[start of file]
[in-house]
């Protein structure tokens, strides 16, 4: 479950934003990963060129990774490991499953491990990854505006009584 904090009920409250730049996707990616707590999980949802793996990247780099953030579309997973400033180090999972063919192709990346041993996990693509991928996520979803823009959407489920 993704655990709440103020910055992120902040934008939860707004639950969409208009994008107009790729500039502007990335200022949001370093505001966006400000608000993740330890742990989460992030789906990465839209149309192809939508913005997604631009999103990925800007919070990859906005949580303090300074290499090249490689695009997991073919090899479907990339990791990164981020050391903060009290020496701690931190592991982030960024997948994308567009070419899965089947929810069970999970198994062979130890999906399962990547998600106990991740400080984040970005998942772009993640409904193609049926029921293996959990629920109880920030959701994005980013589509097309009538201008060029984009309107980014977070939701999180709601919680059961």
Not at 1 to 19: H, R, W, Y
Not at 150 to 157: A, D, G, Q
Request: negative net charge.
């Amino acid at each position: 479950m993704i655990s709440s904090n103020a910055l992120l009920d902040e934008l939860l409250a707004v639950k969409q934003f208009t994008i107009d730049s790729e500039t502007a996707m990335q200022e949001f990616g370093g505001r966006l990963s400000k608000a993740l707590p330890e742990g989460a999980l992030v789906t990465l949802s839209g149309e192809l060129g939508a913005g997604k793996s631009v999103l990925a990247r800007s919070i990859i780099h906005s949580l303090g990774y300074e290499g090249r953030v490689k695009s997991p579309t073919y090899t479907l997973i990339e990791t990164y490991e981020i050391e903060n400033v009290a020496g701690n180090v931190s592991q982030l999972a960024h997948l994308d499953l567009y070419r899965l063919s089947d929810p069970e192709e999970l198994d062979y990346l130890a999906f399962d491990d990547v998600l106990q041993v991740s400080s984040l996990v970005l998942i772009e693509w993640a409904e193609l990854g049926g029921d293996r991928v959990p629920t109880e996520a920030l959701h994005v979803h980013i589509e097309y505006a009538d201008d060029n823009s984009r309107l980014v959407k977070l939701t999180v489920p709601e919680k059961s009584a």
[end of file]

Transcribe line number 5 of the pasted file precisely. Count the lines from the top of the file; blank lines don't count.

Request: negative net charge.